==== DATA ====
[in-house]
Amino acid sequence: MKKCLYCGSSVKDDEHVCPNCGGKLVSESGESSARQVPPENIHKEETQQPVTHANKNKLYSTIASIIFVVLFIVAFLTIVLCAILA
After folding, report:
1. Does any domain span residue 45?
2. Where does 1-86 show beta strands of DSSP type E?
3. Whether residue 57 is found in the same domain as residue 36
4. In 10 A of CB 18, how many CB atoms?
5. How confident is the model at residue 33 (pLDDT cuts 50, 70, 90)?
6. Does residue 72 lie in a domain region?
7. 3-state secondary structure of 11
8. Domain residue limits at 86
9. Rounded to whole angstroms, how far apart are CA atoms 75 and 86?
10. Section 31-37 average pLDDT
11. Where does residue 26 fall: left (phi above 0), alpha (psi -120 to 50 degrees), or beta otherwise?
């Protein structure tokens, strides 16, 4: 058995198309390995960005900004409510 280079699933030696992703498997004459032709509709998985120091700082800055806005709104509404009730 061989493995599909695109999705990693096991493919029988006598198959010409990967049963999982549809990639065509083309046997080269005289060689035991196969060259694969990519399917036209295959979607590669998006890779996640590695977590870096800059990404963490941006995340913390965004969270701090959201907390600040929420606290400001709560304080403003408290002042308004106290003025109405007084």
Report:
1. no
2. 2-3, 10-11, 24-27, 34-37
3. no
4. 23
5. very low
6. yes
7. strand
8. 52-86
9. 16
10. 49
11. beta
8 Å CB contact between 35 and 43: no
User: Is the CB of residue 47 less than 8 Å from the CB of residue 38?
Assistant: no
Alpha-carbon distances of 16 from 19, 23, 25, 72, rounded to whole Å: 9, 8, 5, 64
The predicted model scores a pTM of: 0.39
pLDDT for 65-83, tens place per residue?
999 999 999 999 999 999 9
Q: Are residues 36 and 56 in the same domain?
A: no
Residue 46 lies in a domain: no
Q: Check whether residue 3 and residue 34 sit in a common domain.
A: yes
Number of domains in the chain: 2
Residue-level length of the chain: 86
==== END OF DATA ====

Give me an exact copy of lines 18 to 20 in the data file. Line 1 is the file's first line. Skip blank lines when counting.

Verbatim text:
2. 2-3, 10-11, 24-27, 34-37
3. no
4. 23